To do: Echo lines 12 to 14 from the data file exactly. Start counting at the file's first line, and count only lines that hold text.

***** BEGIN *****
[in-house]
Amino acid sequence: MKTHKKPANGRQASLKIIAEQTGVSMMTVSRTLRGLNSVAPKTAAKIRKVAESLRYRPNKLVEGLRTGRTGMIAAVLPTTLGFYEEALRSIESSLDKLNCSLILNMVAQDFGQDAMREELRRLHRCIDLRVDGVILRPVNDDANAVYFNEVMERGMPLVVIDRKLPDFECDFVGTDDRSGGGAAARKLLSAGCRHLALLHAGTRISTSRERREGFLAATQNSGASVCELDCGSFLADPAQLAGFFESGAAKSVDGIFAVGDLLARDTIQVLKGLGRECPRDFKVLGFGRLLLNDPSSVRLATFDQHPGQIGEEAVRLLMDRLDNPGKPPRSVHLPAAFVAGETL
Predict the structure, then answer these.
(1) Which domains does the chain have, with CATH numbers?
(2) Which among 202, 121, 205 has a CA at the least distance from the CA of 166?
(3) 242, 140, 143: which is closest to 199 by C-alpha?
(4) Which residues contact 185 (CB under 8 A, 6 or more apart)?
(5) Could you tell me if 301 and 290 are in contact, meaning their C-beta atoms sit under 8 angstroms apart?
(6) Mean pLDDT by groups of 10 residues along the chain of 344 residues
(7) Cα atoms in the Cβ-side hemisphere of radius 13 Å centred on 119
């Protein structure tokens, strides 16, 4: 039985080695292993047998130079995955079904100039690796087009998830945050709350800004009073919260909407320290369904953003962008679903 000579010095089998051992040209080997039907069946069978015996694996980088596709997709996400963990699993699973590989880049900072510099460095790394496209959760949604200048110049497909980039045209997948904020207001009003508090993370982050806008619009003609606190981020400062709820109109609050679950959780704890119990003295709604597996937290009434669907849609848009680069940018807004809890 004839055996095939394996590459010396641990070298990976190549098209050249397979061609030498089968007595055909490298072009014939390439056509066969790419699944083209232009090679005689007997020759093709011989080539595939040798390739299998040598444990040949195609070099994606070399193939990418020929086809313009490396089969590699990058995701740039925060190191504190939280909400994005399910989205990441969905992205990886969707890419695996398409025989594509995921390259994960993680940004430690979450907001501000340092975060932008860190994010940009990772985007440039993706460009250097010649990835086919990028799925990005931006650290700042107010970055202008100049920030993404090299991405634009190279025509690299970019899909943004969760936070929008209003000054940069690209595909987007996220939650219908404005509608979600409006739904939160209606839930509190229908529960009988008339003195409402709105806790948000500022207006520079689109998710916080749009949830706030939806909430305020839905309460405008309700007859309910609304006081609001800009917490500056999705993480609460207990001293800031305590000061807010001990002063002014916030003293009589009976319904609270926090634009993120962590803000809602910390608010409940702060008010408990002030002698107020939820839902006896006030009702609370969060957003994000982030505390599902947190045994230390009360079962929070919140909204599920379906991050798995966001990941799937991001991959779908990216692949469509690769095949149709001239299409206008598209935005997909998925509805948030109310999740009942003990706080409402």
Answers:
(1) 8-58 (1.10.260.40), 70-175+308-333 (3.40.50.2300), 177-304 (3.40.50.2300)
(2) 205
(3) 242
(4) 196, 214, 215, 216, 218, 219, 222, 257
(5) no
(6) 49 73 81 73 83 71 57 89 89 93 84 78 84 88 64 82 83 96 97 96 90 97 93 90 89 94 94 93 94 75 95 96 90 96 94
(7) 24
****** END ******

Answers:
(1) 8-58 (1.10.260.40), 70-175+308-333 (3.40.50.2300), 177-304 (3.40.50.2300)
(2) 205